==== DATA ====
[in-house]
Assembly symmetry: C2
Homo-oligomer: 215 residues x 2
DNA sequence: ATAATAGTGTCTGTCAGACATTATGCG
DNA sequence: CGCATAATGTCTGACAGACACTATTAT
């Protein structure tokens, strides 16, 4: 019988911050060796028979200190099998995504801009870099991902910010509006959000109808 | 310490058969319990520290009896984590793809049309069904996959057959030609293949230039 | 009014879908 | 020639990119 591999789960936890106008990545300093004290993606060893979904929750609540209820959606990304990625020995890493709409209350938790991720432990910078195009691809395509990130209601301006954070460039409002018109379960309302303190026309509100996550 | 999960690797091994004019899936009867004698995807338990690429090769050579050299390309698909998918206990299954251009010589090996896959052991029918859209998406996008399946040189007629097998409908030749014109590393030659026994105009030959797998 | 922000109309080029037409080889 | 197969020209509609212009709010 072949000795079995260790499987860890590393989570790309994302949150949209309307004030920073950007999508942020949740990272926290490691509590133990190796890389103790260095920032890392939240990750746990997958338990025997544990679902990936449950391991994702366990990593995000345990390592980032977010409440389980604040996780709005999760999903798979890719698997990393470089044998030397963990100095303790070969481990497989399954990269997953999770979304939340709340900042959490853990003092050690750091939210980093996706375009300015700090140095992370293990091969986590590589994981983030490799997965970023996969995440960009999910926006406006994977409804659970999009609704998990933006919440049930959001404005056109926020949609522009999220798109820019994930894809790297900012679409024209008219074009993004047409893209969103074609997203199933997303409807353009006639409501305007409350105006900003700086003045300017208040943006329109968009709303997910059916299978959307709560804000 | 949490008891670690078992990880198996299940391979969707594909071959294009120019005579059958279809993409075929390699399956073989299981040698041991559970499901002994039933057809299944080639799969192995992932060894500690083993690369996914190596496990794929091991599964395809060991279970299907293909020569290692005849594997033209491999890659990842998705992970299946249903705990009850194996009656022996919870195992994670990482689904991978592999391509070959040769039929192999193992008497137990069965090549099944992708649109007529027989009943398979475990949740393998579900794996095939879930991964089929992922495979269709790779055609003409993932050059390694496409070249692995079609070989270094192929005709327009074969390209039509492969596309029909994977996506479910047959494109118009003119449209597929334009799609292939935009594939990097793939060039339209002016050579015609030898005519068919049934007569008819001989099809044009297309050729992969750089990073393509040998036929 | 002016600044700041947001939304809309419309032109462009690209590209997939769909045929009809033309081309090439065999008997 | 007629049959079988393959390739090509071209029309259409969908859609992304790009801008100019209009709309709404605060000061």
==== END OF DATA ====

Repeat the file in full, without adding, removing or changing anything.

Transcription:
[in-house]
Assembly symmetry: C2
Homo-oligomer: 215 residues x 2
DNA sequence: ATAATAGTGTCTGTCAGACATTATGCG
DNA sequence: CGCATAATGTCTGACAGACACTATTAT
């Protein structure tokens, strides 16, 4: 019988911050060796028979200190099998995504801009870099991902910010509006959000109808 | 310490058969319990520290009896984590793809049309069904996959057959030609293949230039 | 009014879908 | 020639990119 591999789960936890106008990545300093004290993606060893979904929750609540209820959606990304990625020995890493709409209350938790991720432990910078195009691809395509990130209601301006954070460039409002018109379960309302303190026309509100996550 | 999960690797091994004019899936009867004698995807338990690429090769050579050299390309698909998918206990299954251009010589090996896959052991029918859209998406996008399946040189007629097998409908030749014109590393030659026994105009030959797998 | 922000109309080029037409080889 | 197969020209509609212009709010 072949000795079995260790499987860890590393989570790309994302949150949209309307004030920073950007999508942020949740990272926290490691509590133990190796890389103790260095920032890392939240990750746990997958338990025997544990679902990936449950391991994702366990990593995000345990390592980032977010409440389980604040996780709005999760999903798979890719698997990393470089044998030397963990100095303790070969481990497989399954990269997953999770979304939340709340900042959490853990003092050690750091939210980093996706375009300015700090140095992370293990091969986590590589994981983030490799997965970023996969995440960009999910926006406006994977409804659970999009609704998990933006919440049930959001404005056109926020949609522009999220798109820019994930894809790297900012679409024209008219074009993004047409893209969103074609997203199933997303409807353009006639409501305007409350105006900003700086003045300017208040943006329109968009709303997910059916299978959307709560804000 | 949490008891670690078992990880198996299940391979969707594909071959294009120019005579059958279809993409075929390699399956073989299981040698041991559970499901002994039933057809299944080639799969192995992932060894500690083993690369996914190596496990794929091991599964395809060991279970299907293909020569290692005849594997033209491999890659990842998705992970299946249903705990009850194996009656022996919870195992994670990482689904991978592999391509070959040769039929192999193992008497137990069965090549099944992708649109007529027989009943398979475990949740393998579900794996095939879930991964089929992922495979269709790779055609003409993932050059390694496409070249692995079609070989270094192929005709327009074969390209039509492969596309029909994977996506479910047959494109118009003119449209597929334009799609292939935009594939990097793939060039339209002016050579015609030898005519068919049934007569008819001989099809044009297309050729992969750089990073393509040998036929 | 002016600044700041947001939304809309419309032109462009690209590209997939769909045929009809033309081309090439065999008997 | 007629049959079988393959390739090509071209029309259409969908859609992304790009801008100019209009709309709404605060000061």